The Journal of mHealth Vol 1 Issue 1 (Feb 2014) - Page 38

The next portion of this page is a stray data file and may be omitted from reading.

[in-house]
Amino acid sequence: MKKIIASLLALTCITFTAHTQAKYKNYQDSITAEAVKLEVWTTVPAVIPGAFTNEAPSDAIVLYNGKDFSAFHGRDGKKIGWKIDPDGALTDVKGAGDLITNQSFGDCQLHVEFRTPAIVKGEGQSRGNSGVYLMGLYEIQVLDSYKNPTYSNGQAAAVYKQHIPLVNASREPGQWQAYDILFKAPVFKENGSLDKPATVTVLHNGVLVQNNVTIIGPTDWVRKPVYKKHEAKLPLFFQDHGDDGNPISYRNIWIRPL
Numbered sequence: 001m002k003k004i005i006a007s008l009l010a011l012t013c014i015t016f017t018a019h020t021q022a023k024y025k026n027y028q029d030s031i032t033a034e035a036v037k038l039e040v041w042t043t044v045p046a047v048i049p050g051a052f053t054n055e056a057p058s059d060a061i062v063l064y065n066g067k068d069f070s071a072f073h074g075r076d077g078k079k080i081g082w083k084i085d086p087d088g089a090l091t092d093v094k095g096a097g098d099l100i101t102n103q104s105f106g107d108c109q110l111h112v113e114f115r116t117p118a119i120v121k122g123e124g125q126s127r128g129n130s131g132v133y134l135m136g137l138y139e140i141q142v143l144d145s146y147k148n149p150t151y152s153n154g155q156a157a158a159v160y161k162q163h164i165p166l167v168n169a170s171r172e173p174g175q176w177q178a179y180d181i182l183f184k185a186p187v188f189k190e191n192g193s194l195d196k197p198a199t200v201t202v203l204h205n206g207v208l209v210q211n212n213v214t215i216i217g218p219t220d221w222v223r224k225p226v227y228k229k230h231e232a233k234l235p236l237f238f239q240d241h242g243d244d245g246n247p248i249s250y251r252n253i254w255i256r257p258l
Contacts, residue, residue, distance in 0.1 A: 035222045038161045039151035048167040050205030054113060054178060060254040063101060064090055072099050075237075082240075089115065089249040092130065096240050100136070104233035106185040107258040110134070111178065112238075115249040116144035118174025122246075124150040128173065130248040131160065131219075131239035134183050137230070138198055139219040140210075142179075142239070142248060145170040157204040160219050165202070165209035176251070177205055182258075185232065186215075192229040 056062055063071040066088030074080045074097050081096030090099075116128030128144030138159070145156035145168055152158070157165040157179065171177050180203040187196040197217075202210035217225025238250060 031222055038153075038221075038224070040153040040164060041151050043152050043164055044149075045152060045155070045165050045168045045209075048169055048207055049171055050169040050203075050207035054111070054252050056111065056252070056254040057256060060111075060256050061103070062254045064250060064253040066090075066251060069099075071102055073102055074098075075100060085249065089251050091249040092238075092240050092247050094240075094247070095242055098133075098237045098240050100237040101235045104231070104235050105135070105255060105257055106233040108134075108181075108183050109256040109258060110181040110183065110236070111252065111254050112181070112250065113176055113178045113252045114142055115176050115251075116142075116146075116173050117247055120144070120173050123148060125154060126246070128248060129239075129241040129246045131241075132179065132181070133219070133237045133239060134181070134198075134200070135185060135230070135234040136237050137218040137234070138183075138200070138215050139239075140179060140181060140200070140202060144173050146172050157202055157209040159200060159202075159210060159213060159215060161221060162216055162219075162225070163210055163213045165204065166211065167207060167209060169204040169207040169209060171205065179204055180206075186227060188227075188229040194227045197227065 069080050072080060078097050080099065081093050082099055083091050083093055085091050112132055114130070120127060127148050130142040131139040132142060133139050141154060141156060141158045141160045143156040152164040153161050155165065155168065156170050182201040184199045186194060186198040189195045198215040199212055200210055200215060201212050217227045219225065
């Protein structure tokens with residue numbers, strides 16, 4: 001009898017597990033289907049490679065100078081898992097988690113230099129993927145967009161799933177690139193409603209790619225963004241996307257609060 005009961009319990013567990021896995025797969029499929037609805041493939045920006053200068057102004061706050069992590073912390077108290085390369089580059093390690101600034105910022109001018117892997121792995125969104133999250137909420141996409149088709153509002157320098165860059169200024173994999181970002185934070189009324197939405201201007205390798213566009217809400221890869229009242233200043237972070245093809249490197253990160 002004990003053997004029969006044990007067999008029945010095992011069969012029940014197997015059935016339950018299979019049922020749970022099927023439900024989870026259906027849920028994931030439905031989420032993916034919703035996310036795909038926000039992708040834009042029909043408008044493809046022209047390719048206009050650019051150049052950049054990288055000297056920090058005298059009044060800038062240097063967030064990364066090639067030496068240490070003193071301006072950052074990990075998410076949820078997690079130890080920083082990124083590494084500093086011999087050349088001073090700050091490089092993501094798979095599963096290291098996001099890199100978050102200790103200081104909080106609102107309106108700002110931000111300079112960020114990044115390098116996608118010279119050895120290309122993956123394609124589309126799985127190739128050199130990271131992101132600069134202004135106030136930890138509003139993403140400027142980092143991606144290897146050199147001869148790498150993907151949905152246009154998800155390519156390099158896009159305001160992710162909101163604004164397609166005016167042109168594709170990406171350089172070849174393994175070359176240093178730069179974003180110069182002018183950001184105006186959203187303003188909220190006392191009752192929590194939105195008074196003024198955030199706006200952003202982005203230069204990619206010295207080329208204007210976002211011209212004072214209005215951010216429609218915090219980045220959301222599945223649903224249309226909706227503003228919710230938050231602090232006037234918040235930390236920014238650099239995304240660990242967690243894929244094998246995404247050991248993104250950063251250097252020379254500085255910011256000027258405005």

EPHA Briefing on Mobile Health Continued from page 35 globally and mHealth devices in particular. Develop Digital and Health Literacy To achieve economic, health and social objectives, and mitigate the causes for health inequalities, eHealth literacy must be enhanced in the wider framework of health literacy, so that users are well informed not only about mHealth but are able to make meaningful use of it. Flexible dialogue with end users about mHealth and its exigencies should be the first step. All users must be clear about potential advantages and pitfalls, and the skills required to reap its benefits. CONCLUSIONS & RECOMMENDATIONS The eHealth Action Plan 20122020 recognises the current lack of legal clarity for mHealth: Given the complexity created by ‘mHealth’ and ‘health and wellbeing applications’ in particular, further clarification is needed on the legal framework applicable to these specific areas. The rapid developments in this sector raise questions about the applicability of the current frameworks, the use of the data collected through these applications by individuals and medical professionals, and whether or not and how they will be integrated in healthcare systems. Clarity of information and ‘user-friendliness’ are also important to consider. [39] Given mHealth’s innovation and employment potential, the Com- 36 February 2014 mission is increasingly exploring it as part of eHealth policies in order to attain the targets of the Digital Agenda and Europe 2020, It will publish a Green Paper in the second half of 2013. As online transactions and communication are commonplace in sectors such as travel and banking, it will be interesting to follow whether mHealth can bring health closer to people by encouraging routine use in a safe, equitable and meaningful way. As demand is rising, it is vital that mHealth products provide tangible benefits. Hence they should be made available and tested by healthcare stakeholders to avoid abuse. [40] From a policy perspective, it is important to take into account existing and evolving pieces of European and national legislation in areas impacting on mHealth, and to systematically monitor the quality of information and tools provided to end users. The following points should be considered as the discussion continues to unfold: » Foster patient empowerment: in the process of self-manage- » Ensure processes that facilitate meaningful end-user involvement » Improve mHealth literacy: A perceived lack of knowledge and skills needed to be able to use mobile health services is one of the most common barriers to user acceptance of mHealth. In line with the European Commission’s eHealth Action Plan 2012-2020, initiatives aimed at developing mHealth training and education programmes should be developed, e.g. through relevant EU programmes and/or policy initiatives. » Clarify data protection regulation as it applies to mHealth, ensuring end-user trust and ease of use, while recognising the ‘power’ of data in disease management, diagnosis and prevention. » Encourage and facilitate mHealth stakeholder engagement: Given the potential of Develop policies that support integrated patient-centred chronic disease care » ment: patients need to be able to take control of their condition and be reassured that feedback and necessary adjustments from a healthcare professional are available when necessary ‘mobile health doesn’t focus exclusively on the device, but on the fact that the information and data is mobile (…) The information is able to be collected wherever it is needed and transmitted wherever it needs to go,’